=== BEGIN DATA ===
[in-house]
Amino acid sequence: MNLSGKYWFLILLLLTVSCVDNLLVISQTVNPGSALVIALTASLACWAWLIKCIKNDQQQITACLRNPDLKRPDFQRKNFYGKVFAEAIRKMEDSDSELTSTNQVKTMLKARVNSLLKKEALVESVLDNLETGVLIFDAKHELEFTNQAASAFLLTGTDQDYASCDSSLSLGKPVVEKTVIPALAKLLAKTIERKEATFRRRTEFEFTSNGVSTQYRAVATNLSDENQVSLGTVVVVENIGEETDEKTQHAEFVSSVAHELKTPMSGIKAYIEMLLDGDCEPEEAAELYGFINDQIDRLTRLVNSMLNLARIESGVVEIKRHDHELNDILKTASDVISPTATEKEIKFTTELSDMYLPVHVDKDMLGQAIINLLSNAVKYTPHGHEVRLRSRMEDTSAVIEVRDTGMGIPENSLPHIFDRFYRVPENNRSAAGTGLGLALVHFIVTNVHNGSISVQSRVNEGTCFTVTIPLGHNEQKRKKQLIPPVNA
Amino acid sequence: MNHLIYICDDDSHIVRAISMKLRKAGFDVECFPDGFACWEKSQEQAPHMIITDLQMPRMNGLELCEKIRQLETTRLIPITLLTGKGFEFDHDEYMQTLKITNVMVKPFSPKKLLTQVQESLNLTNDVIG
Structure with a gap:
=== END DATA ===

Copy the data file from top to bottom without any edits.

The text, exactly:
[in-house]
Amino acid sequence: MNLSGKYWFLILLLLTVSCVDNLLVISQTVNPGSALVIALTASLACWAWLIKCIKNDQQQITACLRNPDLKRPDFQRKNFYGKVFAEAIRKMEDSDSELTSTNQVKTMLKARVNSLLKKEALVESVLDNLETGVLIFDAKHELEFTNQAASAFLLTGTDQDYASCDSSLSLGKPVVEKTVIPALAKLLAKTIERKEATFRRRTEFEFTSNGVSTQYRAVATNLSDENQVSLGTVVVVENIGEETDEKTQHAEFVSSVAHELKTPMSGIKAYIEMLLDGDCEPEEAAELYGFINDQIDRLTRLVNSMLNLARIESGVVEIKRHDHELNDILKTASDVISPTATEKEIKFTTELSDMYLPVHVDKDMLGQAIINLLSNAVKYTPHGHEVRLRSRMEDTSAVIEVRDTGMGIPENSLPHIFDRFYRVPENNRSAAGTGLGLALVHFIVTNVHNGSISVQSRVNEGTCFTVTIPLGHNEQKRKKQLIPPVNA
Amino acid sequence: MNHLIYICDDDSHIVRAISMKLRKAGFDVECFPDGFACWEKSQEQAPHMIITDLQMPRMNGLELCEKIRQLETTRLIPITLLTGKGFEFDHDEYMQTLKITNVMVKPFSPKKLLTQVQESLNLTNDVIG
Structure with a gap: